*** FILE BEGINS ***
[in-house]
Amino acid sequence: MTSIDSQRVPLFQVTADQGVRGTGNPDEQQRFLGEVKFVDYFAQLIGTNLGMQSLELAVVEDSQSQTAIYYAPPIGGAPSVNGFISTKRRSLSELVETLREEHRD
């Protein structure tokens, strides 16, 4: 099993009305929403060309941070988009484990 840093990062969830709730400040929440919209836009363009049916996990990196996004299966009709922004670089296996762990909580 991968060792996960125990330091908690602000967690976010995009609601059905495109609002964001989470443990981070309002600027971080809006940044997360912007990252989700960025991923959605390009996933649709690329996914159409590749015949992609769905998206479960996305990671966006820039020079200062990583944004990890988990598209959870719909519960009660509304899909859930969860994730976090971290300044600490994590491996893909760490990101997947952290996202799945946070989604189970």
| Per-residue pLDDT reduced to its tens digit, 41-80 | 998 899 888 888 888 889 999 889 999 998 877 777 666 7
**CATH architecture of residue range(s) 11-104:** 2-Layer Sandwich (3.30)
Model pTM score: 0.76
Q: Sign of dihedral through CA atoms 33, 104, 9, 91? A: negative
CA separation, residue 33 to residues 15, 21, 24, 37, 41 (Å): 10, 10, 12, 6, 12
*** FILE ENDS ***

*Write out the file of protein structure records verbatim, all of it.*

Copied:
[in-house]
Amino acid sequence: MTSIDSQRVPLFQVTADQGVRGTGNPDEQQRFLGEVKFVDYFAQLIGTNLGMQSLELAVVEDSQSQTAIYYAPPIGGAPSVNGFISTKRRSLSELVETLREEHRD
């Protein structure tokens, strides 16, 4: 099993009305929403060309941070988009484990 840093990062969830709730400040929440919209836009363009049916996990990196996004299966009709922004670089296996762990909580 991968060792996960125990330091908690602000967690976010995009609601059905495109609002964001989470443990981070309002600027971080809006940044997360912007990252989700960025991923959605390009996933649709690329996914159409590749015949992609769905998206479960996305990671966006820039020079200062990583944004990890988990598209959870719909519960009660509304899909859930969860994730976090971290300044600490994590491996893909760490990101997947952290996202799945946070989604189970």
| Per-residue pLDDT reduced to its tens digit, 41-80 | 998 899 888 888 888 889 999 889 999 998 877 777 666 7
**CATH architecture of residue range(s) 11-104:** 2-Layer Sandwich (3.30)
Model pTM score: 0.76
Q: Sign of dihedral through CA atoms 33, 104, 9, 91? A: negative
CA separation, residue 33 to residues 15, 21, 24, 37, 41 (Å): 10, 10, 12, 6, 12